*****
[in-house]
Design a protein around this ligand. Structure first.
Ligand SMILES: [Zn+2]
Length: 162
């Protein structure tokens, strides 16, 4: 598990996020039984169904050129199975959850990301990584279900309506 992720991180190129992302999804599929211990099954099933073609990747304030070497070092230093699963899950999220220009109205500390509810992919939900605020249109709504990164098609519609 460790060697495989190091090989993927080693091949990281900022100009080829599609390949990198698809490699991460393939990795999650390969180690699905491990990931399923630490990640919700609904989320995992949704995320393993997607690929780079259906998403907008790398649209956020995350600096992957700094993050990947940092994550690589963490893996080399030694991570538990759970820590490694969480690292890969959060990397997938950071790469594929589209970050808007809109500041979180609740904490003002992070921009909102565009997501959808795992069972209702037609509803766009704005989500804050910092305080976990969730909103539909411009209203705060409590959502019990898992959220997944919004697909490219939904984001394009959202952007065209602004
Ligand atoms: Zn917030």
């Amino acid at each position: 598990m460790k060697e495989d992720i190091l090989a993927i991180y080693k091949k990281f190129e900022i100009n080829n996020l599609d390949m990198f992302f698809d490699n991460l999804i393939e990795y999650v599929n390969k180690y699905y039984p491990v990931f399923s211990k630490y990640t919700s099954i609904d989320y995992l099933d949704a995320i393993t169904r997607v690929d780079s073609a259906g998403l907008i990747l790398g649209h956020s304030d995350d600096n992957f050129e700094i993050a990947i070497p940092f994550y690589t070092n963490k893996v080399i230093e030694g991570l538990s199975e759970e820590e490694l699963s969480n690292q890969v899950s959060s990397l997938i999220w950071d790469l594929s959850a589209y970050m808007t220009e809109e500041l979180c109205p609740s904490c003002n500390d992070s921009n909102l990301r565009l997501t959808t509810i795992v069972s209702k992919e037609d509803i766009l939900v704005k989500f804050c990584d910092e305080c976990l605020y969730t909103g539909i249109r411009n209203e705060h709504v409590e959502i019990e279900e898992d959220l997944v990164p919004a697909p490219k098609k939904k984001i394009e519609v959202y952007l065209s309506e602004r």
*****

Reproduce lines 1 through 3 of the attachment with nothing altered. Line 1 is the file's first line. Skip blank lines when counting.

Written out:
[in-house]
Design a protein around this ligand. Structure first.
Ligand SMILES: [Zn+2]